Hours after Nick Saban left the NFL for Alabama, he got a dose of just what he likes about college football.
Hundreds of screaming Alabama fans greeted him at the airport, chanting "Roll Tide" as his plane landed. He got hugs, handshakes and back pats.
"There is a great spirit and sense of community that you get in college football because of people's ties to the school," Saban said during a November interview in which he weighed the merits of the college and pro football.
The now-former Miami Dolphins' coach certainly felt that rah-rah spirit Wednesday, soon after accepting a deal reportedly worth at least $30 million over eight years, the most lucrative in college football.
The expectations won't be far behind - Tide fans want a national title winner like the one Saban built when he was at SEC West rival LSU. He was expected to be introduced at a news conference Thursday morning.
The hiring provided a dramatic conclusion to a five-week search to replace the fired Mike Shula.
"When I set out on this search, I noted that I was seeking a coach who has a proven record of championship success and achievement," Crimson Tide athletic director Mal Moore said.
"Coach Saban brings that proven record of accomplishment and leadership to our program."
The Tuscaloosa News put out a special edition trumpeting the hiring, with the blaring headline: "SABAN TIME."
"Mal Moore didn't just hit a home run, he hit a grand slam," raved Tide fan Mike Ryan, sporting a Bear Bryant-style houndstooth
hat and a T-shirt listing the program's national championship years. He was among the fans greeting Saban and his wife, Terry, and daughter, Kristen.
The shirt said everything about Alabama's expectations for Saban, whose LSU Tigers won a share of the 2003 national title. He has a record of 91-42-1 as a college coach at LSU, Michigan State and Toledo, and was 15-17 at Miami.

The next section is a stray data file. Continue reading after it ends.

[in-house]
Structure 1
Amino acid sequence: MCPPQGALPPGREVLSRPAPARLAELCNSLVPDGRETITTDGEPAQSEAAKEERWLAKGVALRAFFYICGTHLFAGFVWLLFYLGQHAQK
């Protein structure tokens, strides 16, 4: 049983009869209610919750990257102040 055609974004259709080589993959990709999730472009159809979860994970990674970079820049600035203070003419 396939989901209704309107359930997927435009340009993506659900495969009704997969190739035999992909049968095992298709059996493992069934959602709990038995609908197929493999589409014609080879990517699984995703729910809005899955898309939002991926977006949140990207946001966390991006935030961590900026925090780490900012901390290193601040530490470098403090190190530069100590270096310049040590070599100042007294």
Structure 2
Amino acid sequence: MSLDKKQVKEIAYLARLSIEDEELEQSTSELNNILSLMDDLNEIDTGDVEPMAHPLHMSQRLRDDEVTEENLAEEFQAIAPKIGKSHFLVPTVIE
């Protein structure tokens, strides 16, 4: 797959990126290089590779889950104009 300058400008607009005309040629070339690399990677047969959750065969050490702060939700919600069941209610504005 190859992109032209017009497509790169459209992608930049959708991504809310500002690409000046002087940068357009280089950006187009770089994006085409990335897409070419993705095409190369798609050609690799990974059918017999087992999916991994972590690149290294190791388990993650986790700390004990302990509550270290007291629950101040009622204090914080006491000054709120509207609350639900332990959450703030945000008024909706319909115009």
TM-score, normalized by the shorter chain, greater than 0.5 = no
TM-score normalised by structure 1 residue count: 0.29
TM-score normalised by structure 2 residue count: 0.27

Saban is the most high-profile coach the Tide has hired since Bryant's retirement after the 1982 season, a steady stream that has included such names as Bill Curry, Shula and Mike DuBose.
Neither Shula nor DuBose - both former Tide players - had ever been a head coach.
"The last few hires were somewhat unknown going back to Mike DuBose," said Lee Roy Jordan, a former 'Bama and NFL star. "We knew him as a player at Alabama and as an assistant coach but he never had any experience when he got the job.
"We feel like we got a proven coach that can win an SEC and national title. That's the No. 1 thing for me."
The Tide first approached Saban shortly after firing Shula on Nov. 27. After Saban turned down the job in early December, the university offered it to Rich Rodriguez, who decided to stay at West Virginia.
Saban punctuated weeks of denials with this declaration two weeks ago: "I'm not going to be the Alabama coach."
He clearly had a change of heart, leaving Miami with three years remaining on his contract at $4.5 million a year.
Alabama lost to Oklahoma State in the Independence Bowl to finish 6-7, the team's second losing season in the four years since Shula's hiring. Now, the Tide has its fourth head coach since 2000 - and eighth since Bryant's last season in 1982.
The timing was significant since the NCAA's recruiting "dead period" ends Friday.
"We have been through a period of uncertainty the last month or so and we finally have some stability," Tide center Antoine Caldwell said. "Coach Moore said all along he was going to find us a proven coach with a winning record and he has done that with Coach Saban.
"I feel like he is the right man for the job and he will be good in getting Alabama back on track."
Tide quarterback John Parker Wilson believes Saban can win quickly with the team Shula left behind.
"He has won a lot of football games and he won the national championship at LSU," Wilson said. "That makes it even more exciting for us.